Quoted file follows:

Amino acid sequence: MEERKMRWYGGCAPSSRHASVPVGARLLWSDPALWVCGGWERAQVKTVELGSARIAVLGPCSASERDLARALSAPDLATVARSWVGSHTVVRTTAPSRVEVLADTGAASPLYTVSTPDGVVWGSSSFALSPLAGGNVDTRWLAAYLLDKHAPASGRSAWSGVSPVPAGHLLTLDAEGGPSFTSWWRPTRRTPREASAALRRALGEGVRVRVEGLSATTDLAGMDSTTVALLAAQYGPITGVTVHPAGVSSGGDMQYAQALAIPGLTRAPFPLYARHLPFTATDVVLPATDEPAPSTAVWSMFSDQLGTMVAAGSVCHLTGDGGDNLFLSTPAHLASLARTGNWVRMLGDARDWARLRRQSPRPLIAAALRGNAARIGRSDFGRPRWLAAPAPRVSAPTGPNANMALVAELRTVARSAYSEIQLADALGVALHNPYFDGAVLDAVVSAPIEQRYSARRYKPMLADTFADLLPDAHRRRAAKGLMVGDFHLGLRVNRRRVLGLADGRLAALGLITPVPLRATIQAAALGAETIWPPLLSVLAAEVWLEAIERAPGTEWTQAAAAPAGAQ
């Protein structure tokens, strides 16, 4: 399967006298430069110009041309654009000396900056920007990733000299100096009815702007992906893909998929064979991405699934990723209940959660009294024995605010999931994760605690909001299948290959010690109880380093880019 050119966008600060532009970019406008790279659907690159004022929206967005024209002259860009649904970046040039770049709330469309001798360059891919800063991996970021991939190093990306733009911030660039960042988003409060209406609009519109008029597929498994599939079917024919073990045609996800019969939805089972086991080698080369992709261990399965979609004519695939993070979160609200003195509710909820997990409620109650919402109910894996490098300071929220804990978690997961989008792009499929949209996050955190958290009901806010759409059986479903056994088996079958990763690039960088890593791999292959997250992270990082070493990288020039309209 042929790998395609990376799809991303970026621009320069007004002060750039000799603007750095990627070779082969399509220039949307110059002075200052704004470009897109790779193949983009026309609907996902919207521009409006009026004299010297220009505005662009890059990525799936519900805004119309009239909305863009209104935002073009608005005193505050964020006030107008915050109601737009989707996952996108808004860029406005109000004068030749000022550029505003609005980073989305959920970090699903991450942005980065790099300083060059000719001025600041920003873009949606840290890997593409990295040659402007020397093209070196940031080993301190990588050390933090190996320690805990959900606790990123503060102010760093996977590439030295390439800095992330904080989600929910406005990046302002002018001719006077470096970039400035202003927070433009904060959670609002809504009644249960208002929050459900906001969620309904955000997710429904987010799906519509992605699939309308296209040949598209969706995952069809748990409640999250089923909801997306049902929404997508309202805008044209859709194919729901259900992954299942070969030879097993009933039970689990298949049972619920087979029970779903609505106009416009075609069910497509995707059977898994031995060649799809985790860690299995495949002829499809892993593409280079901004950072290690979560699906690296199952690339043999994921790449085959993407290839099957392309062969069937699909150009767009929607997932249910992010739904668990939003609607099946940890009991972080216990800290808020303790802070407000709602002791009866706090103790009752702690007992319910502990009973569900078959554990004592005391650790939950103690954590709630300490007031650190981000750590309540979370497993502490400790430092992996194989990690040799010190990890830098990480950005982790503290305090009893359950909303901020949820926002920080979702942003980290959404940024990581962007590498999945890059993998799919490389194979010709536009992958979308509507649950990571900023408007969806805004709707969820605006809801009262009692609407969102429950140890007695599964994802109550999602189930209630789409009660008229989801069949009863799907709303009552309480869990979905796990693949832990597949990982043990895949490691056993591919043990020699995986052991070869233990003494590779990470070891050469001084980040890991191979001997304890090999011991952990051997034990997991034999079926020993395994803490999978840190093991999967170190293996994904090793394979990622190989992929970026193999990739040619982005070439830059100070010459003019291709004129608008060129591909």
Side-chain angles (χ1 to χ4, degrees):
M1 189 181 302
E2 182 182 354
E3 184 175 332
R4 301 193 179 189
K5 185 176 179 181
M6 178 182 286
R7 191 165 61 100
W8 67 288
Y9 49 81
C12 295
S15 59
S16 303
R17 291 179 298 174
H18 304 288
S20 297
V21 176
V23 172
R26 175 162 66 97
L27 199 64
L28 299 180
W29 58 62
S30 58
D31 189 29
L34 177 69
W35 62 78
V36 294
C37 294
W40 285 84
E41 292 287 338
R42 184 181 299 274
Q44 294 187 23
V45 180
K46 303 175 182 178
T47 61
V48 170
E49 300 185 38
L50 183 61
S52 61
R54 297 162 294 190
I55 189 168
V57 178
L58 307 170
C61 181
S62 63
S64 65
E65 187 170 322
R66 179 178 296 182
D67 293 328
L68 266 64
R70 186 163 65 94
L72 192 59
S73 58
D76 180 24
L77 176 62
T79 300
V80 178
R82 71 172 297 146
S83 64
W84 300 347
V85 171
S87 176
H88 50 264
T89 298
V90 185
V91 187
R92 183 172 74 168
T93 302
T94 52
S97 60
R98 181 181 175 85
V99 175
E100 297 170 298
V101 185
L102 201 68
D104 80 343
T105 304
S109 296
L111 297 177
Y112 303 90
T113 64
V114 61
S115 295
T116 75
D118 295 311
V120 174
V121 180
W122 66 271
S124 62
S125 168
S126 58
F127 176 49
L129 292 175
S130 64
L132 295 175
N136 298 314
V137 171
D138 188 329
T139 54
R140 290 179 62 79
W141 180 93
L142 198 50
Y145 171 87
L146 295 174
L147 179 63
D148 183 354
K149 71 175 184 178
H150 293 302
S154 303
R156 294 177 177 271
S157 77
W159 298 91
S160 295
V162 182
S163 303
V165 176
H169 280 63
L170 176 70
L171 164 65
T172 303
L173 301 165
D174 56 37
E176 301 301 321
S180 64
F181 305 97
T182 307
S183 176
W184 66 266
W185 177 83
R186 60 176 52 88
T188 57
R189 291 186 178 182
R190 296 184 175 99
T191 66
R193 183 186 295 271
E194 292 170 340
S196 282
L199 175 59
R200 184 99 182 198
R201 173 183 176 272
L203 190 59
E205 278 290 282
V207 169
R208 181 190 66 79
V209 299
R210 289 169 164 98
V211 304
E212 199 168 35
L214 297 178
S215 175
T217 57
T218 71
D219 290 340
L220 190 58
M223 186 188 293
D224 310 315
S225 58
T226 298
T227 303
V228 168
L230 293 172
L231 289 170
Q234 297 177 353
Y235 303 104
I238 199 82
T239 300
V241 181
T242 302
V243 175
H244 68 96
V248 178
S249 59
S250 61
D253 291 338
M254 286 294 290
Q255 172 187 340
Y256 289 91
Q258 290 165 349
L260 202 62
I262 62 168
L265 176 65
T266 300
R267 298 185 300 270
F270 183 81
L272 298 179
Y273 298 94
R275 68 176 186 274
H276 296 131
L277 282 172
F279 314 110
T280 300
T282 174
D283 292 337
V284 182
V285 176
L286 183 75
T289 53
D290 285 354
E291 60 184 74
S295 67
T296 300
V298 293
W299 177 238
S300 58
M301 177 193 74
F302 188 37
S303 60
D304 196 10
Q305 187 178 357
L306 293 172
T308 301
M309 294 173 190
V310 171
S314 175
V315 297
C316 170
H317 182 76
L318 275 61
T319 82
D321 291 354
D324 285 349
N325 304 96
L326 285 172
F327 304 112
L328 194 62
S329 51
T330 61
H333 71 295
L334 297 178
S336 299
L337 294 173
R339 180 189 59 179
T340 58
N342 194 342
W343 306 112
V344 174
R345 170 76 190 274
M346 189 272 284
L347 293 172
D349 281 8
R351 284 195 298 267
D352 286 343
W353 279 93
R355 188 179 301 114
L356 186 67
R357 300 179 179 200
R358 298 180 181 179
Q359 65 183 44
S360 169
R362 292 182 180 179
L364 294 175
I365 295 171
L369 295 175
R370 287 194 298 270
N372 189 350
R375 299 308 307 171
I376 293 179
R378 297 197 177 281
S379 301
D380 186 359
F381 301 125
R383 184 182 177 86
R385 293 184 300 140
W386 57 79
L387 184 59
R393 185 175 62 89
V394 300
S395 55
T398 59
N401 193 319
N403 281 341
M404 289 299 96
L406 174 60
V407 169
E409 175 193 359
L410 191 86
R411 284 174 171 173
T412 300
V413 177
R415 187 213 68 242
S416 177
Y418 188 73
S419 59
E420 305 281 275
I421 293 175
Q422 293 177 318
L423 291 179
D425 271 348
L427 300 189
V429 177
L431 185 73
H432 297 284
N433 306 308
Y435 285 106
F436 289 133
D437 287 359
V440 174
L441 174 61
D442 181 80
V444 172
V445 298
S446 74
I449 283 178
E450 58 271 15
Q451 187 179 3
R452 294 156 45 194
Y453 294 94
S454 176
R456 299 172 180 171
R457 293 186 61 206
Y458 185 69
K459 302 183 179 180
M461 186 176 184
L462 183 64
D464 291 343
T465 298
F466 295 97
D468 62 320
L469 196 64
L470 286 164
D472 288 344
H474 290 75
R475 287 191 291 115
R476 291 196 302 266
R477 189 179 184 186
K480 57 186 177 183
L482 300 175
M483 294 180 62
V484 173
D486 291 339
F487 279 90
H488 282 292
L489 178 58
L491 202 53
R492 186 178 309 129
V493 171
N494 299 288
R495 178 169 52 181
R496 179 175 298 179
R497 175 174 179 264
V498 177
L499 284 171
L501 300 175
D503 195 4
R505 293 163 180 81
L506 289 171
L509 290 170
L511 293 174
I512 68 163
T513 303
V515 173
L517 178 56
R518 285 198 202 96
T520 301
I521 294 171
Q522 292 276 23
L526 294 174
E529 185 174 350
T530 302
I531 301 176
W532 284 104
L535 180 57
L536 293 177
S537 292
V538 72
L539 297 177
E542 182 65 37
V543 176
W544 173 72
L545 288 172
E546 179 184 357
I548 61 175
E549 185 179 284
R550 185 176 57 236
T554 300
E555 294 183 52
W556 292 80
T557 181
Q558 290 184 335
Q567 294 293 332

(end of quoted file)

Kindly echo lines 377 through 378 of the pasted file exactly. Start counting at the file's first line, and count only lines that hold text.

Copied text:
T554 300
E555 294 183 52